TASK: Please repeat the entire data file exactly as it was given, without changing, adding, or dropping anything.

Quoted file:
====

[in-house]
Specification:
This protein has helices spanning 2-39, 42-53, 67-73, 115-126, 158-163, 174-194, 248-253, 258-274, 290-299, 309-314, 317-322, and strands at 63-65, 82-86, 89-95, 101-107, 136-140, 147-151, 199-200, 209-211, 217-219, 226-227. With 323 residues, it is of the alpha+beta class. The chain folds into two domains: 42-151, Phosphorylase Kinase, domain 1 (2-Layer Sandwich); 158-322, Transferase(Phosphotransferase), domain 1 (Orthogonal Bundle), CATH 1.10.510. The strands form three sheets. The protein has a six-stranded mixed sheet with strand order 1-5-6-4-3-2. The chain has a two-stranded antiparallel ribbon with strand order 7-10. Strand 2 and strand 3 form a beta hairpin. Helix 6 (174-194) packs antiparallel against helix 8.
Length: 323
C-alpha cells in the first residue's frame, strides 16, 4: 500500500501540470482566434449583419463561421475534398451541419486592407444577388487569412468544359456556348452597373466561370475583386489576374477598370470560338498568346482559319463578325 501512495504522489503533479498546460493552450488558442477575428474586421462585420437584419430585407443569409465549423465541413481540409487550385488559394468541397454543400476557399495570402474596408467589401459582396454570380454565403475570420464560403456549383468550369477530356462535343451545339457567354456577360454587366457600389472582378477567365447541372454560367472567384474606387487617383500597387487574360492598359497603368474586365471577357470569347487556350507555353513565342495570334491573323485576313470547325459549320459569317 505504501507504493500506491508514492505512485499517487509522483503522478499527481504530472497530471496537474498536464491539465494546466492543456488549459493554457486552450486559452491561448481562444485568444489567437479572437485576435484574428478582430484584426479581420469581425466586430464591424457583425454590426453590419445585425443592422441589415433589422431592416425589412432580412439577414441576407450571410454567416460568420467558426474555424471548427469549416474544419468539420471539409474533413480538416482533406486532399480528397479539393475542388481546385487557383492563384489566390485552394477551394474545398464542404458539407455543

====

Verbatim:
[in-house]
Specification:
This protein has helices spanning 2-39, 42-53, 67-73, 115-126, 158-163, 174-194, 248-253, 258-274, 290-299, 309-314, 317-322, and strands at 63-65, 82-86, 89-95, 101-107, 136-140, 147-151, 199-200, 209-211, 217-219, 226-227. With 323 residues, it is of the alpha+beta class. The chain folds into two domains: 42-151, Phosphorylase Kinase, domain 1 (2-Layer Sandwich); 158-322, Transferase(Phosphotransferase), domain 1 (Orthogonal Bundle), CATH 1.10.510. The strands form three sheets. The protein has a six-stranded mixed sheet with strand order 1-5-6-4-3-2. The chain has a two-stranded antiparallel ribbon with strand order 7-10. Strand 2 and strand 3 form a beta hairpin. Helix 6 (174-194) packs antiparallel against helix 8.
Length: 323
C-alpha cells in the first residue's frame, strides 16, 4: 500500500501540470482566434449583419463561421475534398451541419486592407444577388487569412468544359456556348452597373466561370475583386489576374477598370470560338498568346482559319463578325 501512495504522489503533479498546460493552450488558442477575428474586421462585420437584419430585407443569409465549423465541413481540409487550385488559394468541397454543400476557399495570402474596408467589401459582396454570380454565403475570420464560403456549383468550369477530356462535343451545339457567354456577360454587366457600389472582378477567365447541372454560367472567384474606387487617383500597387487574360492598359497603368474586365471577357470569347487556350507555353513565342495570334491573323485576313470547325459549320459569317 505504501507504493500506491508514492505512485499517487509522483503522478499527481504530472497530471496537474498536464491539465494546466492543456488549459493554457486552450486559452491561448481562444485568444489567437479572437485576435484574428478582430484584426479581420469581425466586430464591424457583425454590426453590419445585425443592422441589415433589422431592416425589412432580412439577414441576407450571410454567416460568420467558426474555424471548427469549416474544419468539420471539409474533413480538416482533406486532399480528397479539393475542388481546385487557383492563384489566390485552394477551394474545398464542404458539407455543